First Evaluation Report

This page outlines the work that has been completed as of the first evaluation in the GSoC program. Some code examples on how to use the module, some image results, theory as well as explanations into the design will be included in this. Rather than sectioning this page by week, it is sectioned according to the various submodules in the system.

To start off, the following is the work that was proposed to be completed by the first evaluation (present on the last page of the proposal):


I have fortunately been able to complete all the tasks that I had detailed out here. We go into more detail now.

Face Detector


As stated in the proposal all face detectors are implemented as an implementation of the abstract base class (ABC) FaceDetector. This design was chosen was chosen so that all face detectors added in the future will have a clearly defined scope for sufficiency and necessity; it is sufficient to implement only the abstract methods in the base class, and it is necessary to implement them. This prevents a face detector from becoming too big in function, which is an avoidable nuisance as our main goal is to have a strict API which detects faces and returns the bounding boxes.

The first detector that was implemented was Viola Jones, using the openCV interface. As this was the detector used in the PoC, the implementation did not present any particular hurdles. There were two disadvantage here: the first one is in terms of time, as the Viola Jones method used does not allow for parallel/batch processing; so a batch of images are processed sequentially. The second one is the scoring of the detections; Viola Jones as implemented in openCV returns the faces based on the parameters provided, but does not return the confidence scores. This is not an issue when it comes to the face recognition module. However, the lack of scores prevented us from being able to run the evaluator on the Viola Jones detection results. (More info on the evaluation techniques is given below)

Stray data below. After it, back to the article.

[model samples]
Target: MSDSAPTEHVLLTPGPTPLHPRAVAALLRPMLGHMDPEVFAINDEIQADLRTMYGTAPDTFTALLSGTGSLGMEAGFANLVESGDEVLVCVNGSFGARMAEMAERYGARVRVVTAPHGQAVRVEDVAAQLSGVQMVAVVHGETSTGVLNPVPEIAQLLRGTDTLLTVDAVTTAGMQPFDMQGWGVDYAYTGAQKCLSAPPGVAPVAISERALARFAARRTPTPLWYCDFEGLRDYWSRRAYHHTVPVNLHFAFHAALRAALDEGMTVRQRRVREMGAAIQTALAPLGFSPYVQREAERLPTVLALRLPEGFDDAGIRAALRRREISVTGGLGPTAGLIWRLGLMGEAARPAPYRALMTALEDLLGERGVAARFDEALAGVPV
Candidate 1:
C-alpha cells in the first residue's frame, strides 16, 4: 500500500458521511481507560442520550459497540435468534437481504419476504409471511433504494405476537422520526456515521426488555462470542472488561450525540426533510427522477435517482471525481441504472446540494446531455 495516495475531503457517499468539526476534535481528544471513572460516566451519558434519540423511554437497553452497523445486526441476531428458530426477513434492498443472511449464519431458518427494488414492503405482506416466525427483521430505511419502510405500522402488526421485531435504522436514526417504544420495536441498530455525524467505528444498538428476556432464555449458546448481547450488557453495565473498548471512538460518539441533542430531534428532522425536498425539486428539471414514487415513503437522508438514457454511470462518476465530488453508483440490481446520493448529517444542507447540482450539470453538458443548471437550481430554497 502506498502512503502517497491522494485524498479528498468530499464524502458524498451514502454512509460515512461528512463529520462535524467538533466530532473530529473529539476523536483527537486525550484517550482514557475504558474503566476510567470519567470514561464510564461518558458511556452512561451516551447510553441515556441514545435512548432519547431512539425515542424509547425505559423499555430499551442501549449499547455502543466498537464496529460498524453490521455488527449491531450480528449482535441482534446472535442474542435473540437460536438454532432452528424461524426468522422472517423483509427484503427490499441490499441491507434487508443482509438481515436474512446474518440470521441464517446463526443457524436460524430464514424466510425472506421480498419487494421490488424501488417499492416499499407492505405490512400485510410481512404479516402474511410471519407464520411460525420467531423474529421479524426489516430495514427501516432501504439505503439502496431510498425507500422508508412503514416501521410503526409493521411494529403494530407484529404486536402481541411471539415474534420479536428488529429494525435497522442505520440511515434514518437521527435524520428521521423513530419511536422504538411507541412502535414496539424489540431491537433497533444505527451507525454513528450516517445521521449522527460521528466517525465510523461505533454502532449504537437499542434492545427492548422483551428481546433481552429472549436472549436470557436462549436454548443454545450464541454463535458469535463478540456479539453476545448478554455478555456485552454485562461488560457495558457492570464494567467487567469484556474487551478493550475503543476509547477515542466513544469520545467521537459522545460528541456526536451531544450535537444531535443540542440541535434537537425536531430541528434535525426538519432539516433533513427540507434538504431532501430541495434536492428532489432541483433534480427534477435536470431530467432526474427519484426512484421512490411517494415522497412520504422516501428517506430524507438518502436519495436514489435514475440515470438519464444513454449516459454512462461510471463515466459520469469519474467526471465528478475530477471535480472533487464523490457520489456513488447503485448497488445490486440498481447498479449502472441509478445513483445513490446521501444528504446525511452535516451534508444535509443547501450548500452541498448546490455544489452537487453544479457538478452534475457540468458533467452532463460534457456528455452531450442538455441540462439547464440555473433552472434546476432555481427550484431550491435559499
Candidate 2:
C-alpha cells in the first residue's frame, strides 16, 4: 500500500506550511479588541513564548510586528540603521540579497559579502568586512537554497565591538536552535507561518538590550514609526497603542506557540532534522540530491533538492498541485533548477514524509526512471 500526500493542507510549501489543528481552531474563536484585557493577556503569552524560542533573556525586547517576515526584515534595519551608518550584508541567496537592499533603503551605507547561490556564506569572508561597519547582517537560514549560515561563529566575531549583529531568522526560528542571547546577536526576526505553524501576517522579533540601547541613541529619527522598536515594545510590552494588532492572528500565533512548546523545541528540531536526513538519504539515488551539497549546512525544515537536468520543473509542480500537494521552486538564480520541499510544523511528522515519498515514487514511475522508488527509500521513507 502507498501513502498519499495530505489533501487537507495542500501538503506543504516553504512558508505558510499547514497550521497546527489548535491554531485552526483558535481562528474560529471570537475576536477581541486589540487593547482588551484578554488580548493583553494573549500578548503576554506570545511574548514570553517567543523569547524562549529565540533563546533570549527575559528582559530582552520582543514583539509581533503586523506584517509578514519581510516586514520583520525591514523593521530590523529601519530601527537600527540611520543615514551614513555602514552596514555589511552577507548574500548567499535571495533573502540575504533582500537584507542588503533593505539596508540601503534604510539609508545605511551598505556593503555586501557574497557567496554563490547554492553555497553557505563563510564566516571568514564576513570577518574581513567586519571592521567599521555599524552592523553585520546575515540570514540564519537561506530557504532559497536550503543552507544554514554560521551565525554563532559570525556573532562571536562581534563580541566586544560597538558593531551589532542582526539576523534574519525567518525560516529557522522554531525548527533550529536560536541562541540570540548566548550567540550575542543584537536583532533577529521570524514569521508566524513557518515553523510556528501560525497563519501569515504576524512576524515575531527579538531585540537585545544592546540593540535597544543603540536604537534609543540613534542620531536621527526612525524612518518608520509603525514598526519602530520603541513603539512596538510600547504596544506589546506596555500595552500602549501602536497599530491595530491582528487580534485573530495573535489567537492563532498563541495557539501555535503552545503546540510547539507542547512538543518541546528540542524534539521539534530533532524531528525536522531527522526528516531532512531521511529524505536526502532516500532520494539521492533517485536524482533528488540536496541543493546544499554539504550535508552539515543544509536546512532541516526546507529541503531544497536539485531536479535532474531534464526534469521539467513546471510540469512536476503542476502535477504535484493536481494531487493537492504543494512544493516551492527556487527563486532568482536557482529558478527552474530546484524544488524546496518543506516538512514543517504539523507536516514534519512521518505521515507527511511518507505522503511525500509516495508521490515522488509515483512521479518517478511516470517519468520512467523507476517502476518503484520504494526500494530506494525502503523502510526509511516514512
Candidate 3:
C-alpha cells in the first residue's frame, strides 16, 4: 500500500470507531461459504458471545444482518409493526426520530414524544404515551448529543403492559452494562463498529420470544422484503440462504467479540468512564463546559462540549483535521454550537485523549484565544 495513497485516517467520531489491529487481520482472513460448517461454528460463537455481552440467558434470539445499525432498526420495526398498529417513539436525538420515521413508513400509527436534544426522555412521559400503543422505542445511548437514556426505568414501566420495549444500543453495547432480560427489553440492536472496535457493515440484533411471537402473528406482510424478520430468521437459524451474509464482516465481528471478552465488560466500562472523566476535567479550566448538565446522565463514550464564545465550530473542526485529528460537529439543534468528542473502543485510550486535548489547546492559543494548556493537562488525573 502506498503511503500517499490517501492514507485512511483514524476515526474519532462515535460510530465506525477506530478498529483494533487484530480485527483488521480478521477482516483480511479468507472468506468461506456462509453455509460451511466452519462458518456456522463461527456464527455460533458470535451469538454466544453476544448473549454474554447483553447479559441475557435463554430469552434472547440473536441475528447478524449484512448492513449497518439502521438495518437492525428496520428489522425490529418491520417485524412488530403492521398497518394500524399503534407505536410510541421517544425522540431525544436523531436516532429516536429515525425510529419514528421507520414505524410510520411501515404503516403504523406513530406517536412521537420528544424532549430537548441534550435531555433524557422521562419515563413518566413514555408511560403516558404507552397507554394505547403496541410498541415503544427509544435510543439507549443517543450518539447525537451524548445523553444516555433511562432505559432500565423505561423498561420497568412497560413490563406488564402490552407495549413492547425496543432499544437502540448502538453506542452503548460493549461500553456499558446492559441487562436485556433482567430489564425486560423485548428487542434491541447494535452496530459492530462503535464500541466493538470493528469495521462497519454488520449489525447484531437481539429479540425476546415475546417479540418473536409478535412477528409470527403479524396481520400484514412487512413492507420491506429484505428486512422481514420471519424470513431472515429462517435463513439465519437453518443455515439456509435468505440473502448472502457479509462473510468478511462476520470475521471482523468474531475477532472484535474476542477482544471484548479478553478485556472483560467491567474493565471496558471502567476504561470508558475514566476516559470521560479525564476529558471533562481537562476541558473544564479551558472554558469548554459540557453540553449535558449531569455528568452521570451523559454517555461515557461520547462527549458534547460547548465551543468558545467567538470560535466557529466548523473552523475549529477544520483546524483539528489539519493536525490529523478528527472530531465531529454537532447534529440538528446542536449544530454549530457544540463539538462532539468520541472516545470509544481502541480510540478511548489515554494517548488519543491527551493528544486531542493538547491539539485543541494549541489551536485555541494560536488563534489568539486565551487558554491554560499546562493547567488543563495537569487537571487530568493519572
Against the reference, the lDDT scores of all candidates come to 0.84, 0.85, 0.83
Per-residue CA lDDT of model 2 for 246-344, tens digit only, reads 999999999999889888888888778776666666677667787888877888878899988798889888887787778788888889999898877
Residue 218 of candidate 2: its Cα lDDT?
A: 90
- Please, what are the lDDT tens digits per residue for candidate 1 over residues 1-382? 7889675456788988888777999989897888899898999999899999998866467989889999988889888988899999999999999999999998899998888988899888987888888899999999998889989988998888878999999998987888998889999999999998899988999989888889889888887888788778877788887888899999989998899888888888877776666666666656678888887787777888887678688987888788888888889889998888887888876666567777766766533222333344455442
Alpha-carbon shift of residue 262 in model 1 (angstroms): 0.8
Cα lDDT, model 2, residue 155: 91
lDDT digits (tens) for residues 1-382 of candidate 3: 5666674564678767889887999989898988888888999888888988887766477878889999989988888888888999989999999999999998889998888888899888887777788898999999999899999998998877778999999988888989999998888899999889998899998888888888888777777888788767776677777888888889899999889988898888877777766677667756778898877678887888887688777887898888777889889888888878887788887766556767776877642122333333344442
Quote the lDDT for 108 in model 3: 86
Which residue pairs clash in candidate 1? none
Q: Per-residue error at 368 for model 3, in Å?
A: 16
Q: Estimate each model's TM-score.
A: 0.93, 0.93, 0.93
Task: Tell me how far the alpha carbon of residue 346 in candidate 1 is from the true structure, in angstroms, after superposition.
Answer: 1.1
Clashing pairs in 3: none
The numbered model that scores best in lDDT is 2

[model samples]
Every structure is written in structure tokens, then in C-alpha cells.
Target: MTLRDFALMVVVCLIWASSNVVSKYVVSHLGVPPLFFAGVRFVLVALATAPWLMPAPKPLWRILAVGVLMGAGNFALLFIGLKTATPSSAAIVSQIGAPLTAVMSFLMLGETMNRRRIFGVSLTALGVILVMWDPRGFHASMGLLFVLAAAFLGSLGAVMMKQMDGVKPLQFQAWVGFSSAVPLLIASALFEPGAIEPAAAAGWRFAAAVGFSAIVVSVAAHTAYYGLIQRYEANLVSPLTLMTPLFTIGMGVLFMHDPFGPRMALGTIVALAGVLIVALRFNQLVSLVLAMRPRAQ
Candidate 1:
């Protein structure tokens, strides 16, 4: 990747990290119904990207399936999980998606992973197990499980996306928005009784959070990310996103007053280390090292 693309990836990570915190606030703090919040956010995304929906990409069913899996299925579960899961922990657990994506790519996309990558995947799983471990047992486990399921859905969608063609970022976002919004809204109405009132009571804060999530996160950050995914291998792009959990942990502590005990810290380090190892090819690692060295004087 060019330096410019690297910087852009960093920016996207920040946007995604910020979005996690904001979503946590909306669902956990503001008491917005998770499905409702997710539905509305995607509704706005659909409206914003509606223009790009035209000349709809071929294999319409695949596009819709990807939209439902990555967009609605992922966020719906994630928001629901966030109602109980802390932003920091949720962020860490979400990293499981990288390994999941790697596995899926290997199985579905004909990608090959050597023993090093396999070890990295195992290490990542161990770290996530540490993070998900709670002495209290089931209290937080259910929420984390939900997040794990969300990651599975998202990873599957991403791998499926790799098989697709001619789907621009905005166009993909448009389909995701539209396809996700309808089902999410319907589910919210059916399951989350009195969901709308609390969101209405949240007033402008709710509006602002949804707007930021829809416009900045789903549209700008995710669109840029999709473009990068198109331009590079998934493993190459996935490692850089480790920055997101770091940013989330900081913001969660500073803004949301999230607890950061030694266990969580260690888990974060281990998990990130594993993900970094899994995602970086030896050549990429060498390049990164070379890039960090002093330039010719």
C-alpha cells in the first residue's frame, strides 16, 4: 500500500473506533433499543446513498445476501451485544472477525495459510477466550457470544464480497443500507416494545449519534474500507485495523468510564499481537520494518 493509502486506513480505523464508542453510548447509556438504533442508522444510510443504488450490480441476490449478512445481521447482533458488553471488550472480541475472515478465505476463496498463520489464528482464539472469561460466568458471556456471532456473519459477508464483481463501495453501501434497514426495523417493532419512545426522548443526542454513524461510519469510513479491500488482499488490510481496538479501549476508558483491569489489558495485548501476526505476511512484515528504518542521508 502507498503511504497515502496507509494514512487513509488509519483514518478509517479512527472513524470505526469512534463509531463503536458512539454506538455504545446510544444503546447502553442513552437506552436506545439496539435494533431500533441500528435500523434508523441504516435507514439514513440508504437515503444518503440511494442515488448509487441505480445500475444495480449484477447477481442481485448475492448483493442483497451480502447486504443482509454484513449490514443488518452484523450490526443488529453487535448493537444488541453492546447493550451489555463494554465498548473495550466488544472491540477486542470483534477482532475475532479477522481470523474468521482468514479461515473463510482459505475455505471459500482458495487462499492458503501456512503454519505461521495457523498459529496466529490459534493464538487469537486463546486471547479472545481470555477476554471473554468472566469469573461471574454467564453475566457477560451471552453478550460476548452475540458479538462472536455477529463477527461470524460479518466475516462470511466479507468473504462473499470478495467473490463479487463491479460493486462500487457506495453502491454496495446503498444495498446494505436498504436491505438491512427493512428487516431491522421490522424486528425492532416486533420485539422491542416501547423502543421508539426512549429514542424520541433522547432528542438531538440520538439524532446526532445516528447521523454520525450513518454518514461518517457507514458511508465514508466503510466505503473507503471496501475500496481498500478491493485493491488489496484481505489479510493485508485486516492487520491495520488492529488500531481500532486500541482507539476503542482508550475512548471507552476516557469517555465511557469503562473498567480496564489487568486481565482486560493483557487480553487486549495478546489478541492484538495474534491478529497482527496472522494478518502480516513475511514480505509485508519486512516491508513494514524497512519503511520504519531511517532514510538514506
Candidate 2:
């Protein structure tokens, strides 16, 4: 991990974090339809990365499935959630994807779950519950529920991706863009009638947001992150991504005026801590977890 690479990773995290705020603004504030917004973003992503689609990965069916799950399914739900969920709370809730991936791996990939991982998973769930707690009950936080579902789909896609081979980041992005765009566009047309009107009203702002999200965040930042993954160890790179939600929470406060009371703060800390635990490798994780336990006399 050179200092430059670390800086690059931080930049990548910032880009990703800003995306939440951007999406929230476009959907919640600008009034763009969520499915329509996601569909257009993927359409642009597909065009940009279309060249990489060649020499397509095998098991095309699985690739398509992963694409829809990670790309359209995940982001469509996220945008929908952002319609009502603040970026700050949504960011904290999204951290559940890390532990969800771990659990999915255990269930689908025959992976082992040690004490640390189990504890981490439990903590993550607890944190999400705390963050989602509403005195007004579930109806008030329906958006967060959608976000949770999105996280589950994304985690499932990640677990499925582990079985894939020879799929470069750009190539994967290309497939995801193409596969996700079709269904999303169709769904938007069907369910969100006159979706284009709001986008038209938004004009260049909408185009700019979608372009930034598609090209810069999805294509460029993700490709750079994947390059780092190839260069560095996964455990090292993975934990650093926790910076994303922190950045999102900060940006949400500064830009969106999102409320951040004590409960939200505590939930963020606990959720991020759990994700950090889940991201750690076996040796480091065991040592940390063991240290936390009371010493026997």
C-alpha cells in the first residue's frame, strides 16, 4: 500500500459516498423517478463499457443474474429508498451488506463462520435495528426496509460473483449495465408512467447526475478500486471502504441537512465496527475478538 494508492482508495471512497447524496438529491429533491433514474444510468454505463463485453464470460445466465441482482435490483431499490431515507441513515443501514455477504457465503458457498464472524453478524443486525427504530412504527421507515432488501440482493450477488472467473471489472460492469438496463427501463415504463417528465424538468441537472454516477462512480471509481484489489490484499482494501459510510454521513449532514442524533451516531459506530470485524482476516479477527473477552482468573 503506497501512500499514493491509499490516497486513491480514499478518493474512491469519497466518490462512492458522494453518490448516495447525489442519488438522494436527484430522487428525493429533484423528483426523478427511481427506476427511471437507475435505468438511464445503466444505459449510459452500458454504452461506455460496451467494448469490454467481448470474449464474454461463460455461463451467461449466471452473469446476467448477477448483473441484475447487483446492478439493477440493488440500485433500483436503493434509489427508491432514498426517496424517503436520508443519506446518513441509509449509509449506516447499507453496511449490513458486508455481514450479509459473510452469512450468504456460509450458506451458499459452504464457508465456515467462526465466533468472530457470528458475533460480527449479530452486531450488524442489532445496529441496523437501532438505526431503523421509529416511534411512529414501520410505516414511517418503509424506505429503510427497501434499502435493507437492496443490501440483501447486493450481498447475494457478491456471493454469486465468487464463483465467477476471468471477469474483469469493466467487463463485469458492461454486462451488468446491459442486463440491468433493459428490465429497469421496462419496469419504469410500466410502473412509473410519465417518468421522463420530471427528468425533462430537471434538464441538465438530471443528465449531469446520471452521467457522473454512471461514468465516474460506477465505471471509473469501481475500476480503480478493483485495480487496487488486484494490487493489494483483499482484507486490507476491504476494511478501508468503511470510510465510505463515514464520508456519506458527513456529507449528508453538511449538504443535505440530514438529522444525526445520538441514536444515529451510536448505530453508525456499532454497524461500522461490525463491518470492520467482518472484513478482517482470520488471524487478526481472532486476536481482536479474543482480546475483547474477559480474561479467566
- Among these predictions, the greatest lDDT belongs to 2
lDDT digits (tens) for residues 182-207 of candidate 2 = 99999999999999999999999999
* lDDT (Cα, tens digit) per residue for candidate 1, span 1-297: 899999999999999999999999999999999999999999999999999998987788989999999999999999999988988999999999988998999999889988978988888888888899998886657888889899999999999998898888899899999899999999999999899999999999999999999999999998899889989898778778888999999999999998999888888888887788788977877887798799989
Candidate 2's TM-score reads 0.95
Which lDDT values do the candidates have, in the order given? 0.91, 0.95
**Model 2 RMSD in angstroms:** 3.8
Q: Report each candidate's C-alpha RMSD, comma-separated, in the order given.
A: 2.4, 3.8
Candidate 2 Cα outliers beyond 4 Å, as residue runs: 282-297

The simple interface to ViolaJones to detect faces in a single image can be seen below. The presence of ABCs let us have a unified way to call any face detector.

from rekognition.face_detection import FaceBoxes, ViolaJones

image = cv2.cvtColor(cv2.imread('group-selfie.jpg'), cv2.COLOR_BGR2RGB)
classifier = ViolaJones() # replace ViolaJones with FaceBoxes
faces = classifier._detect([image])

ax = plt.gca()
for a, (x,y,w,h) in faces:
    rect = patches.Rectangle((x,y), w, h, linewidth=1, edgecolor='r', facecolor='none')

The second detector that was implemented was FaceBoxes, a deep neural network architecture to detect faces in realtime. FaceBoxes was implemented using TensorFlow, making use of the model provided in this custom repository (Faceboxes-TF Repo). Using the scores returned by FaceBoxes, we ran the evaluator and documented the results. The PR Curve and the Average Precision for the WIDER FACE dataset are also shown in the next section for convenience. As shown in the beginning of this section, there is a huge qualitative performance improvement in FaceBoxes compared to ViolaJones.

Face Detector Evaluation

Just satisfying the code structure necessitated by the abstract class is not enough proof-checking before adding a new Face Detector to the module; it is important to not have the module filled with poorly performing face detectors. For this we need a baseline based on the quality of face detections, and the future face detectors must also be of similar or better quality when compared to FaceBoxes.

This was the core reason behind my decision to add a module-specific face detection evaluator. The evaluator would have to be simple to use for evaluation on the specific performance dataset (more on this below), but at the same time able to be used by any user for their custom face detection ground truths and predictions. The latter reason was why we could not use any detection evaluator module provided by various face detection challenges; they are specific to that dataset. So FaceDetectionEvaluator was designed with this generality, with logic to add ignorable faces as needed in some datasets (WIDER FACE).